Lawmakers return to Washington on Tuesday to face a mountain of must-pass items for September, a workload that threatens to divide lawmakers as leaders look to avoid a government shutdown, debt default and dry coffers at the emergency management agency tasked with rebuilding after Hurricane Harvey.
There are also items of state interest that Georgia lawmakers are hoping to advance, including halting cuts to charity hospitals such as Grady Memorial in Atlanta, refreshing PeachCare’s parent program and extending federal tax credits to benefit the nuclear power project at Plant Vogtle.
Add in a fraught debate over Confederate monuments and whether to stabilize wobbly Obamacare markets and September will be nothing short of a massive headache for lawmakers returning from a month of recess.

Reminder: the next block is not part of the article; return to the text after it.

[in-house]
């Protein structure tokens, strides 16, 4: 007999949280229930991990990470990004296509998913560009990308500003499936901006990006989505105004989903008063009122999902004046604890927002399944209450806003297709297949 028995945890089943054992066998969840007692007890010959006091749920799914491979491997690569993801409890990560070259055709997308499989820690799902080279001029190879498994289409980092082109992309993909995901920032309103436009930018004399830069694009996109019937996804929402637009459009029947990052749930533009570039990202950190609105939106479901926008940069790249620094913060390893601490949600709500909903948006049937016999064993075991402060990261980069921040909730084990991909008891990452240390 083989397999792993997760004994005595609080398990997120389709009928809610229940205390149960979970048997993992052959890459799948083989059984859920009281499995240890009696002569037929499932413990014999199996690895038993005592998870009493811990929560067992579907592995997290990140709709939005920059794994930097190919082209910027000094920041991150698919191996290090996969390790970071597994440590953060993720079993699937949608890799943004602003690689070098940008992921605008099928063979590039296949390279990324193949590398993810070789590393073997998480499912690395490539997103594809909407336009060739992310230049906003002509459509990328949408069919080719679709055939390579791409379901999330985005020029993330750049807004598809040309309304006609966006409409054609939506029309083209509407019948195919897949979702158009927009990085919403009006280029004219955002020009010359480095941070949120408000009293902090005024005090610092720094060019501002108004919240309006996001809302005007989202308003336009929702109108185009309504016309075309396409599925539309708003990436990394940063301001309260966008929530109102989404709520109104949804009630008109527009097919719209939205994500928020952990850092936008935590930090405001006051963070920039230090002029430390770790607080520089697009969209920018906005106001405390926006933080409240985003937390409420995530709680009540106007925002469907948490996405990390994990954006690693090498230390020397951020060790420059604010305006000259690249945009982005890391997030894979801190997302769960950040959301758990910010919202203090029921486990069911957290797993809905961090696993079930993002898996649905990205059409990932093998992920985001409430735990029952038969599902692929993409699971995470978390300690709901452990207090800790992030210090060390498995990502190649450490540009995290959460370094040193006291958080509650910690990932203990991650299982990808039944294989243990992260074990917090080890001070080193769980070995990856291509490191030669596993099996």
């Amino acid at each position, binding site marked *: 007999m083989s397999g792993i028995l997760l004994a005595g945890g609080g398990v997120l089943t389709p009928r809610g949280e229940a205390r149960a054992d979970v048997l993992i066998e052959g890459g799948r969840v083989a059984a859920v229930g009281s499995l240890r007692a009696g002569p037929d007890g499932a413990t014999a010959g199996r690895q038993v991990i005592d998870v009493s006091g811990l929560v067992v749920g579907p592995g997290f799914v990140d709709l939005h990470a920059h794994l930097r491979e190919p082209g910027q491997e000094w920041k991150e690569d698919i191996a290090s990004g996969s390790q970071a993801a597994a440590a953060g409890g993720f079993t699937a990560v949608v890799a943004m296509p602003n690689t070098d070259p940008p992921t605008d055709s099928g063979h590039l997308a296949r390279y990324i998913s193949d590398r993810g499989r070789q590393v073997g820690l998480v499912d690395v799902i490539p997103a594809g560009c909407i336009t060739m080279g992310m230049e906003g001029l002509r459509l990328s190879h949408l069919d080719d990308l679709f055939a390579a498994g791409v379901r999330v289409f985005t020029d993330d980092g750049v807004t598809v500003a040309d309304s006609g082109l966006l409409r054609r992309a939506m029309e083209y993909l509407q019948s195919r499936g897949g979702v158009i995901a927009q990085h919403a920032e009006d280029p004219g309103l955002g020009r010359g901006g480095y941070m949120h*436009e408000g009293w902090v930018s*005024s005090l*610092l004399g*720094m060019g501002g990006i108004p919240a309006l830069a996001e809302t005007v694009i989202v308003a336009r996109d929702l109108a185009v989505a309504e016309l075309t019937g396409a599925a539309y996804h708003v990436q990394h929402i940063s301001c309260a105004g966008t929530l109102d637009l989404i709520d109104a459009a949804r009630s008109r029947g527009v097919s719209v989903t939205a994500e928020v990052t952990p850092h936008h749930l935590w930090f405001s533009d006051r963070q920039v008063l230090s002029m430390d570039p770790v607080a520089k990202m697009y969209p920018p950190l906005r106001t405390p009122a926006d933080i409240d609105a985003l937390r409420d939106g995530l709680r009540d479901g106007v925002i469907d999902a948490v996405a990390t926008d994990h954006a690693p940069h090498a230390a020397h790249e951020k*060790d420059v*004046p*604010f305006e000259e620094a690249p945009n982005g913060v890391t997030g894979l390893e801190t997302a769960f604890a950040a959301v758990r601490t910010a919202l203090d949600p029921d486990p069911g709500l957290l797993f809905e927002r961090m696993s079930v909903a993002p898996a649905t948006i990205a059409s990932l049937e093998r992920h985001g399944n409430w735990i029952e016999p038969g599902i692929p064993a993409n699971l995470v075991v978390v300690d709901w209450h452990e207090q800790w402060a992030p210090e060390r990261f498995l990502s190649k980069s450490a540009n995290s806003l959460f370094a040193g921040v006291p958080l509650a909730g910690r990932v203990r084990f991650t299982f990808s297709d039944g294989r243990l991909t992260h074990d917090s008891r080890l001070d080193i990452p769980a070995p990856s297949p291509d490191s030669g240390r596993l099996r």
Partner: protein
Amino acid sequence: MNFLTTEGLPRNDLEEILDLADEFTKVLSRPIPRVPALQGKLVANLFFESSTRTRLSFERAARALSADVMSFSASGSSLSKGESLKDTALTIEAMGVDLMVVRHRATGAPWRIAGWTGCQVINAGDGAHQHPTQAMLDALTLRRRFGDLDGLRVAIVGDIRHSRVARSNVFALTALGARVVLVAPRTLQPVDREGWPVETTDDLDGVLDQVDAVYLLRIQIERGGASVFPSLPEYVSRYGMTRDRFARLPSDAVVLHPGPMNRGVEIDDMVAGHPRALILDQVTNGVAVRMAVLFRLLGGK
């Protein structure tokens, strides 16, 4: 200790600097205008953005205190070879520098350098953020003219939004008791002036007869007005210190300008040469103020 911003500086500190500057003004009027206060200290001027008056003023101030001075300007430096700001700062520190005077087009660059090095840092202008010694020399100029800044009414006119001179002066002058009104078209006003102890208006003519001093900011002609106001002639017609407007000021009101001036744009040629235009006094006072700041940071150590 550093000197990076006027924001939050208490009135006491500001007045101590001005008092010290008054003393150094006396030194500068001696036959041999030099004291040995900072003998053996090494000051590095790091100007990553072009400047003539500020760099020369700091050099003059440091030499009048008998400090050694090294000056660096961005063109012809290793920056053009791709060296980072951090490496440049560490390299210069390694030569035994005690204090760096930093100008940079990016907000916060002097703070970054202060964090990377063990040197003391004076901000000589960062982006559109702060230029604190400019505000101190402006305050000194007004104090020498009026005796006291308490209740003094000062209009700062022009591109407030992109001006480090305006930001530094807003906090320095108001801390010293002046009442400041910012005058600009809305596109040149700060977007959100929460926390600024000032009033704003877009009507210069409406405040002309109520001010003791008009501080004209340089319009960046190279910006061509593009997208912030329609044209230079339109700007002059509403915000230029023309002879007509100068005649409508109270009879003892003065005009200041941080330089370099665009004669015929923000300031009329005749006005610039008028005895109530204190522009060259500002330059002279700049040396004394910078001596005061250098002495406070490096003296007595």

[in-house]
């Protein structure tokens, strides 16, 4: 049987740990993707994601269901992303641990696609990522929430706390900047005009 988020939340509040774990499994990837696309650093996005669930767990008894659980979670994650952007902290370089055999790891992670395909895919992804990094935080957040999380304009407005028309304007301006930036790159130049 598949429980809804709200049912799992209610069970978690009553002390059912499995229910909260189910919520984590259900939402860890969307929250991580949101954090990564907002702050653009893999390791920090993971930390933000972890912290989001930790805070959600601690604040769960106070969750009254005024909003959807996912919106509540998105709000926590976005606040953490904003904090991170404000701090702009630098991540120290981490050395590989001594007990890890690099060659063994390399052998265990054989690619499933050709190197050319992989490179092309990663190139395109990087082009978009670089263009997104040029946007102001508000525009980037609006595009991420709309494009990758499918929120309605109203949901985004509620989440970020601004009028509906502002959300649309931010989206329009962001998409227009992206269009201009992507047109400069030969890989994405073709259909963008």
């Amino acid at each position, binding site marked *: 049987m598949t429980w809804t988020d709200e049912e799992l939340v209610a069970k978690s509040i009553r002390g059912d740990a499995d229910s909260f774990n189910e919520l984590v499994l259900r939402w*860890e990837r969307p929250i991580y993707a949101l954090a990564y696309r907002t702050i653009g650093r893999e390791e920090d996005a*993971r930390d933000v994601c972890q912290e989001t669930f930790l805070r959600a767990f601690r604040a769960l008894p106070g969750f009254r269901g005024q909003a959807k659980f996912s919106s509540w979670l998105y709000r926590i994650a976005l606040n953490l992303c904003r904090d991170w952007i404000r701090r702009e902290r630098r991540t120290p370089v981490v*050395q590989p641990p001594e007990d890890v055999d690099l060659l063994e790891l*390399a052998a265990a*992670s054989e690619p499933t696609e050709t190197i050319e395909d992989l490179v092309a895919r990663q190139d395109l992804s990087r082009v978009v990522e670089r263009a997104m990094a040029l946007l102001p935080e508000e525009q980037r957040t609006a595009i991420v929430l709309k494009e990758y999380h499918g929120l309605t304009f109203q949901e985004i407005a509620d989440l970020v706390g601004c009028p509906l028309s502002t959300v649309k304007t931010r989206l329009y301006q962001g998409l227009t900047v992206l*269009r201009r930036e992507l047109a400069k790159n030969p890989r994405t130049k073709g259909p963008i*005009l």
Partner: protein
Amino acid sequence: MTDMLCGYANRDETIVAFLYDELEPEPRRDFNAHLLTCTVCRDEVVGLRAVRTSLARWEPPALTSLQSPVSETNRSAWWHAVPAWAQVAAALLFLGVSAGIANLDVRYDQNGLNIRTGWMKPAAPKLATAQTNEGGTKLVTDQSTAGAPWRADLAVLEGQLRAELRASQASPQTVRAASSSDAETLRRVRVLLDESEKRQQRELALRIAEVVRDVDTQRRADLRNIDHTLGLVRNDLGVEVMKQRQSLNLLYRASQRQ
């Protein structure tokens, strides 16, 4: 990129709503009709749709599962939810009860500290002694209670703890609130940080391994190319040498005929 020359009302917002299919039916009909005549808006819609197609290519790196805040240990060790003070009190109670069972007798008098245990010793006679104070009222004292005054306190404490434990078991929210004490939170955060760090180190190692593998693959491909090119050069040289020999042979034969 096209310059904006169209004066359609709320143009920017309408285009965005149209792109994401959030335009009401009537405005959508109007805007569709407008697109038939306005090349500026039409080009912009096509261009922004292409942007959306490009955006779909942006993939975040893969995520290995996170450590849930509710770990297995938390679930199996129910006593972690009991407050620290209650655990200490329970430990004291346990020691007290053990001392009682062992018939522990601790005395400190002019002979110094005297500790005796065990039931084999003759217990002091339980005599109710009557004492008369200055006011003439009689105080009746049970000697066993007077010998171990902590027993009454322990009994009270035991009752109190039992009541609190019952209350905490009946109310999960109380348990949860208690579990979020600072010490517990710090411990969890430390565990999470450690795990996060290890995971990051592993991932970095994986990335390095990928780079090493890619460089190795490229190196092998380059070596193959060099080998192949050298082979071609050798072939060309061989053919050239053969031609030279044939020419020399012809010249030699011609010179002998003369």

All the items on Washington’s to-do list will have an impact roughly 600 miles away in Georgia. Countless local businesses, universities, airports and individuals rely on money from the federal government in the form of jobs, contracts and grants — money that largely wouldn’t flow in a shutdown.
Many state and local officials are also waiting to see how federal lawmakers handle the biggest items of the day, particularly on health care, before acting themselves.
Many of these eleventh-hour high-stakes fights have become commonplace in Washington in recent years, but tension appears to be higher given President Donald Trump’s blustery relationship with Democrats and a growing number of Republicans.
The pressure on GOP leaders is also higher than in recent years because the party now controls both chambers of Congress and the White House. There is fear that the blame for any major lapse in programs or funding could be pinned on the party, which could have consequences at the ballot box in 2018.
Lawmakers skipped town for their August break shortly after the Senate failed to pass legislation repealing and replacing Obamacare. Lawmakers have since heard an earful from their constituents regarding their votes.